Surge protectors

Will the Boston Harbor ocean barrier rise again?

Built on four centuries of filled land, Boston is wildly vulnerable to the next major hurricanes or winter northeasters. These risks only accelerate as storms get worse and sea levels rise. To their credit, the city and state understood this exposure years ago and have been steadily working away on climate resilience initiatives. One project was to consider a grand Boston Harbor barrier that would close off much or all of the harbor against big ocean storms. A study led by the University of Massachusetts found, however, that such a barrier would be thoroughly impractical.

But maybe not. William Golden, famous here for kicking off the legal struggles that triggered the harbor cleanup a few decades ago, today launched an open meeting of a Boston Harbor storm surge working group. The group’s premise is straightforward: the best defense against the sea is a layered defense that combines a re-thought harbor barrier (to fend off the storms) and relatively modest local measures such as berms (to handle sea level rise).

Among points by Golden and his allies:

  1. There are many alternative barrier routes and designs, some sketched out above by Duncan Mellor of Tighe & Bond. These might mostly follow shallow water, use dual gates for the shipping channels rather than the never-built-anywhere single gate structure examined by UMass researchers, and be considerably less massive. That might make them dramatically less expensive than the $7-12 billion pricetag UMass experts suggested.
  2. Depending on your assumptions about how long construction takes and what you pay for money (discount rates), costs again might drop significantly. And unlike smaller projects, federal funding just might be available.
  3. A barrier that guards the entire harbor, not just Boston, could provide benefits that no one has counted yet. Most dramatically, the savings in regional flood insurance payments might be many times the investment.
  4. The default alternative of building high local berms/seawalls everywhere brings up seriously worrying questions. For one, what about the places that can’t afford them? For another, how will all these patchwork walls connect? And do we really know how to efficiently build a watertight 20-foot seawall all along, say, the North End waterfront, with its crazy web of buried infrastructure and weak geological underpinnings?

Our safeguards against the sea will have domino effects far beyond Boston. “This is going to affect the economy of the whole region,” Golden said. “It’s an existential threat.”

Pre-filled Boston, courtesy Leventhal Map & Education Center, Boston Public Library

Hot water for fisheries management

As climate change deepens, we’ll need to understand entirely new marine ecosystems.

Here’s the good news: Since 1990, the catch of Maine lobsters has quintupled.

Okay, the rest of the news, as in other stories about climate change, is not so good.

The bumper crops of lobsters apparently have been driven by warming in the Gulf of Maine. Sea surface temperatures have climbed about four times as much in recent decades in the Gulf as in the global ocean average, according to Andrew Pershing, chief scientific officer at the Gulf of Maine Research Institute.

Lobster populations have moved northeast from southern New England waters,  Pershing said, speaking at a Metcalf Institute seminar on climate change held in Cambridge last Saturday. The shift has been a boon for Maine but a bust for fisheries south of Cape Cod.

Warmer water in the Gulf also has knocked down populations of other marine life, including some we eat (or once ate) such as northern shrimp and cod.

For hundreds of years, cod in the northwest Atlantic was one of the world’s richest fisheries. Back in the 1970s, my older brother took a trip to Georges Bank as a whale watcher on a giant Russian factory ship. At night, the sea looked like a city, dotted with the lights of dozens of fishing vessels busily sucking up cod and everything else on the seafloor.

Cod never recovered. The U.S. soon took control of our waters out 200 miles and managed the seafood take as well as it could. But most of the cod we eat now comes from China or Iceland.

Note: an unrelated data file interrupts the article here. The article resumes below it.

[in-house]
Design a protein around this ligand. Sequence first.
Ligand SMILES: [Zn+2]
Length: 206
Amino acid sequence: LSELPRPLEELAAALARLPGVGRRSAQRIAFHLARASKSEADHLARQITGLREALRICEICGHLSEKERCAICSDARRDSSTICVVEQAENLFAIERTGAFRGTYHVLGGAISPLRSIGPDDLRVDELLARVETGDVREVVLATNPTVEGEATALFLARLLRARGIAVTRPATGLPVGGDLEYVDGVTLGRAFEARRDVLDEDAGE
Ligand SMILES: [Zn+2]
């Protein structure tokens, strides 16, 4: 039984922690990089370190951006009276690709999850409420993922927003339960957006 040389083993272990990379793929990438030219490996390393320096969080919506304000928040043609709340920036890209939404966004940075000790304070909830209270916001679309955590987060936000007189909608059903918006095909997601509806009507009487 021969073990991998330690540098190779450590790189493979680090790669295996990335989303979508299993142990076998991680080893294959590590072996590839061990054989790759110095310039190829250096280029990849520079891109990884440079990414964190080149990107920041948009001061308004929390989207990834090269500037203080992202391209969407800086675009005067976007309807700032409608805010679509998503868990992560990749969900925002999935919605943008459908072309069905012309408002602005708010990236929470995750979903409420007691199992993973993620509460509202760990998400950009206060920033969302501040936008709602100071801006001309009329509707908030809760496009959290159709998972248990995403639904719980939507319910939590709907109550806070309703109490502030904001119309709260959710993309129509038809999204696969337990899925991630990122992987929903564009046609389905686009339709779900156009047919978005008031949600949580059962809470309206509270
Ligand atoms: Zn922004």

Today climate change is delivering not just disruptions in ocean temperature and circulation patterns but acidification, extreme storms, loss of mangroves and marshes… As fisheries are disrupted around the world, the familiar difficulties of managing them get worse.

We don’t really know how to model newly emerging marine ecosystems, Tatiana Rynearson of the University of Rhode Island remarked at the Metcalf session. We lack the years of data needed to understand the fluctuations in conditions and populations, as Jorge García Molinos and colleagues pointed out in a 2015 paper.

Our need for long-term ocean monitoring and related research couldn’t be clearer, but climate change research is under heavy attack in the U.S.

Fortunately, compared to most of the waters of the world, we do have good historical information on Gulf of Maine waters and seafood. And while lobsters are a luxury food, they offer a positive example for management.

Unlike the case in some other states, Maine fishers must toss back lobsters that are too big as well as too small. Simulations have shown that saving the big ones has helped the shellfish survive the fishing onslaught in the Gulf, where 90% of legal-size lobsters are caught each year, Pershing said.

The saga of Maine lobsters, of course, rolls on. The catch dropped significantly in the last two years, and the highest landings keep moving north.

Watching the river flow

The Thames Barrier is still prepped for decades defending London against high water.

On Tuesday, the warmest winter day ever recorded in Britain, there was not a cloud in the sky over the Thames Barrier. A tug calmly pulled its barge through one of the channels in the Barrier, which shuts off the Thames when the incoming tide will rise over sixteen feet. This offbeat superdam doesn’t look like anything else: a necklace of giant steampunk silver mussel shells stretched a third of a mile across the river. London began seriously contemplating means of protection after a major dousing in the great North Sea storm of 1953. The Barrier went into operation three decades later. It has decades of usefulness ahead; although climate change was not considered in its design, sea levels along the southern English coast aren’t inching up from geologic causes as fast as originally expected. The Barrier has been shut about 200 times, 50 of them in the 2013/2014 season, when the culprit was not super surges from the ocean but super rain surges that incoming tides would have pumped up further. “It is designed to be bomb-proof and failure-proof,” the Londonist once noted. “When a 3,000-tonne dredger hit the Barrier in 1997, the ship sank. The Barrier lost a ladder.” One of these decades, the enormous wall may be supplemented by a much more enormous dike downstream. In the meantime, “the structure is fundamental to the lives of millions of Londoners,” the London Review of Books commented, “which may be the reason very few of them want to look at it.”